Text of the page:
From New Scientist:
Data from millions of Facebook users who used a popular personality app, including their answers to intimate questionnaires, was left exposed online for anyone to access, a New Scientist investigation has found.
Academics at the University of Cambridge distributed the data from the personality quiz app myPersonality to hundreds of researchers via a website with insufficient security provisions, which led to it being left vulnerable to access for four years. Gaining access illicitly was relatively easy.
The data sets were controlled by David Stillwell and Michal Kosinski at the University of Cambridge’s The Psychometrics Centre. Alexandr Kogan, at the centre of the Cambridge Analytica allegations, was previously part of the project.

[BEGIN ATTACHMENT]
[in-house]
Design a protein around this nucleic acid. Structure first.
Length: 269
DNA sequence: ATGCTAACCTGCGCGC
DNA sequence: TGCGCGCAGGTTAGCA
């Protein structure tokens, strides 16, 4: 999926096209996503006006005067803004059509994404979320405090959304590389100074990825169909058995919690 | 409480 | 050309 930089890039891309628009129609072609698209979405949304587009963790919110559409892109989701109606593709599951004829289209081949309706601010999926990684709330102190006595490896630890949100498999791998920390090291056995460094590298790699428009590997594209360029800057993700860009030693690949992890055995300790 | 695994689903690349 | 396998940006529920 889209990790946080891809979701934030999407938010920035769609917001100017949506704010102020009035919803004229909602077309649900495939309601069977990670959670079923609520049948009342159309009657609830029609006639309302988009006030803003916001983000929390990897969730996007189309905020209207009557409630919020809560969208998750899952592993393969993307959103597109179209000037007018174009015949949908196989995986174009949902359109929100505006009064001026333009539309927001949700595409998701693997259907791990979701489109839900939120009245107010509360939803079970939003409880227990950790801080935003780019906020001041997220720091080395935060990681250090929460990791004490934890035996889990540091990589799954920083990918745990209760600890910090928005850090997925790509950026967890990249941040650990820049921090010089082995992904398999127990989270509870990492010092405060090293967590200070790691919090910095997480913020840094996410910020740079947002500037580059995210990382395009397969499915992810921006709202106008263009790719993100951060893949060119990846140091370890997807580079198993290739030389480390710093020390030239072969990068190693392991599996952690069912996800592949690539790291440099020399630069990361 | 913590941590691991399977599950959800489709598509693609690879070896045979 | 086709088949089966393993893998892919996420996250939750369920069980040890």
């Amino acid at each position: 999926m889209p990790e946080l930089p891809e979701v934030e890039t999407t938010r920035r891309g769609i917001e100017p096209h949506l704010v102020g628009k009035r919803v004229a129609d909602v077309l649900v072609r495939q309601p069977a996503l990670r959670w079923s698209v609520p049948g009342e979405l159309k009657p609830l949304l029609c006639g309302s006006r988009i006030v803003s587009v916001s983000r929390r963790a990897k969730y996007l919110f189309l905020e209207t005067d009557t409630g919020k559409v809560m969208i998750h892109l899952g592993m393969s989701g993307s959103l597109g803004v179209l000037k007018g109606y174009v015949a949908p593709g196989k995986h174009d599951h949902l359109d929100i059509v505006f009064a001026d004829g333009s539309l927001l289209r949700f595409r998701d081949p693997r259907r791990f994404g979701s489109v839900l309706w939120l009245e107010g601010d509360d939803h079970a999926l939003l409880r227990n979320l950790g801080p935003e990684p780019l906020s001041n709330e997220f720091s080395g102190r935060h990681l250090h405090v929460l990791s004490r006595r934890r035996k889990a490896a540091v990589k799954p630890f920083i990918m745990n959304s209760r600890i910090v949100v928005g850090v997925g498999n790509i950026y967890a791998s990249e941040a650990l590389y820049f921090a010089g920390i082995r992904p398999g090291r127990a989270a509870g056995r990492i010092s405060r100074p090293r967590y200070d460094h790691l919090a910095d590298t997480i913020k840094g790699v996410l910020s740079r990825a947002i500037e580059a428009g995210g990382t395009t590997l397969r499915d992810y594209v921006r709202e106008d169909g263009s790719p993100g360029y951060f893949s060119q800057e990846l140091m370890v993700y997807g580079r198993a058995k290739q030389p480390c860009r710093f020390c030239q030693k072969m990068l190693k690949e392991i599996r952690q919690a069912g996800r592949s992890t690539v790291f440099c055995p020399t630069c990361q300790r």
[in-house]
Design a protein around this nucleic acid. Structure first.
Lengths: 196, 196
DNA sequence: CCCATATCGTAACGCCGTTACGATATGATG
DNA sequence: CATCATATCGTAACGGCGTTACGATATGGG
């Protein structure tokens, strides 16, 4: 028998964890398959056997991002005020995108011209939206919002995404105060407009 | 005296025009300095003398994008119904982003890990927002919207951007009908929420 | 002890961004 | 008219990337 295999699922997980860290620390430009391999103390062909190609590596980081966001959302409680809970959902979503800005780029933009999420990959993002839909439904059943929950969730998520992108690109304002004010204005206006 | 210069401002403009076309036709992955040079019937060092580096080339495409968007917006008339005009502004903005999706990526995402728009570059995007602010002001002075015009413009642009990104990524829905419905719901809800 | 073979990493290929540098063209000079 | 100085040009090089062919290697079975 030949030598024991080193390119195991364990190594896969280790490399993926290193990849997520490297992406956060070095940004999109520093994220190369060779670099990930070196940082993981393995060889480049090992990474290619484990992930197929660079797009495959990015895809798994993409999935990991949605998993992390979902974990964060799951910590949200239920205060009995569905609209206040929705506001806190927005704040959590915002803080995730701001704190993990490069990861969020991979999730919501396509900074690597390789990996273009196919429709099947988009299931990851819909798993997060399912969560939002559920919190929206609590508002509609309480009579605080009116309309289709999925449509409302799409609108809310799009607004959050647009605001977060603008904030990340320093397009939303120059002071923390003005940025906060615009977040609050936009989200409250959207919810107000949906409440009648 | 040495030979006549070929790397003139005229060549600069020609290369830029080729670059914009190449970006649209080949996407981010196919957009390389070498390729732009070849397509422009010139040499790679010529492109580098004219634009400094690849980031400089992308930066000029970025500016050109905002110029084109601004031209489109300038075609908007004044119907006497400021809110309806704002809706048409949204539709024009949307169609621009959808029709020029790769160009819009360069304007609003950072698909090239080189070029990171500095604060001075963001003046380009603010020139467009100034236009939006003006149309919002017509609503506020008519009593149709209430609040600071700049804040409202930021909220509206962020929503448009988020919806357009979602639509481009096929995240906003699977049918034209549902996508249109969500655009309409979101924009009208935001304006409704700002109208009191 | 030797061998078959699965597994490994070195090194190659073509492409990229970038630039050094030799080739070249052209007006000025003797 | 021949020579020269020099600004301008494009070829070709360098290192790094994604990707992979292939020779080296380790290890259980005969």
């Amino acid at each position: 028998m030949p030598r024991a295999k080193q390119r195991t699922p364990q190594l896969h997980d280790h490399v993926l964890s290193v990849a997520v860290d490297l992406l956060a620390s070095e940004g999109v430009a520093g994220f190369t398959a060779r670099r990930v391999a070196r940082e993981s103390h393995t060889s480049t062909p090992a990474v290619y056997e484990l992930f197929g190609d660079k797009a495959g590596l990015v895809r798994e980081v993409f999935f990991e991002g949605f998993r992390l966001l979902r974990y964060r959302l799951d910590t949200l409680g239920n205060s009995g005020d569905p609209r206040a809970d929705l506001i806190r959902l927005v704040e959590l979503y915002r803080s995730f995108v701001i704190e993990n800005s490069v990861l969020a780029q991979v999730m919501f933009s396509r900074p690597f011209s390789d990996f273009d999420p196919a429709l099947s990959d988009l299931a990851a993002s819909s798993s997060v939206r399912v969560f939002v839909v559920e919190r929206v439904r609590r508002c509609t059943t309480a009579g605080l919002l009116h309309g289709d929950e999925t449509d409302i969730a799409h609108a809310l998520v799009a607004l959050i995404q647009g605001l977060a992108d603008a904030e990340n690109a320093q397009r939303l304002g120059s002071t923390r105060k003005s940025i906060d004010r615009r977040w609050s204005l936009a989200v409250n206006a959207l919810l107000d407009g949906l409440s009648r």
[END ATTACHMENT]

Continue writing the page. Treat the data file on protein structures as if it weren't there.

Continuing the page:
Facebook suspended myPersonality from its platform on 7 April  saying the app may have violated its policies due to the language used in the app and on its website to describe how data is shared.
More than 6 million people completed the tests on the myPersonality app and nearly half agreed to share data from their Facebook profiles with the project.
myPersonality wasn’t merely an academic project; researchers from commercial companies were also entitled to access the data so long as they agreed to abide by strict data protection procedures and didn’t directly earn money from it.
Read the Complete Article